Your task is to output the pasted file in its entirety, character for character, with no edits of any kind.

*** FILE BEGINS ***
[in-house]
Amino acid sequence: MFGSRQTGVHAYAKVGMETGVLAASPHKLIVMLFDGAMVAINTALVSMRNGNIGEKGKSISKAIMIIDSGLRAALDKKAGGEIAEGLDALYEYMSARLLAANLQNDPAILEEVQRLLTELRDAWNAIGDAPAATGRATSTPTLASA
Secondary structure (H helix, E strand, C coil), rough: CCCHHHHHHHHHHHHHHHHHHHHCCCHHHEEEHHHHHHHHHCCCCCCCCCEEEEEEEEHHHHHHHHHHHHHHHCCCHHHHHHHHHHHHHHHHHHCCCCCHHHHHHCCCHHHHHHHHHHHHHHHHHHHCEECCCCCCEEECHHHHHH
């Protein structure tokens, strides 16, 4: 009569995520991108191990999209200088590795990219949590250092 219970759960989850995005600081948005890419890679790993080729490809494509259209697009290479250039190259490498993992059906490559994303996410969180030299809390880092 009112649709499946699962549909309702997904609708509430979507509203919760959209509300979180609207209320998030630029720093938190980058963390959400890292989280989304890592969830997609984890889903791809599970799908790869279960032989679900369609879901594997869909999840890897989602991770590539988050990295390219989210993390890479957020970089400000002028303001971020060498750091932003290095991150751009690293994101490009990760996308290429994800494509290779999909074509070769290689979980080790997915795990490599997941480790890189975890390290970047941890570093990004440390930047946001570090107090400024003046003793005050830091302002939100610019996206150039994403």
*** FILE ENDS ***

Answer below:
[in-house]
Amino acid sequence: MFGSRQTGVHAYAKVGMETGVLAASPHKLIVMLFDGAMVAINTALVSMRNGNIGEKGKSISKAIMIIDSGLRAALDKKAGGEIAEGLDALYEYMSARLLAANLQNDPAILEEVQRLLTELRDAWNAIGDAPAATGRATSTPTLASA
Secondary structure (H helix, E strand, C coil), rough: CCCHHHHHHHHHHHHHHHHHHHHCCCHHHEEEHHHHHHHHHCCCCCCCCCEEEEEEEEHHHHHHHHHHHHHHHCCCHHHHHHHHHHHHHHHHHHCCCCCHHHHHHCCCHHHHHHHHHHHHHHHHHHHCEECCCCCCEEECHHHHHH
């Protein structure tokens, strides 16, 4: 009569995520991108191990999209200088590795990219949590250092 219970759960989850995005600081948005890419890679790993080729490809494509259209697009290479250039190259490498993992059906490559994303996410969180030299809390880092 009112649709499946699962549909309702997904609708509430979507509203919760959209509300979180609207209320998030630029720093938190980058963390959400890292989280989304890592969830997609984890889903791809599970799908790869279960032989679900369609879901594997869909999840890897989602991770590539988050990295390219989210993390890479957020970089400000002028303001971020060498750091932003290095991150751009690293994101490009990760996308290429994800494509290779999909074509070769290689979980080790997915795990490599997941480790890189975890390290970047941890570093990004440390930047946001570090107090400024003046003793005050830091302002939100610019996206150039994403």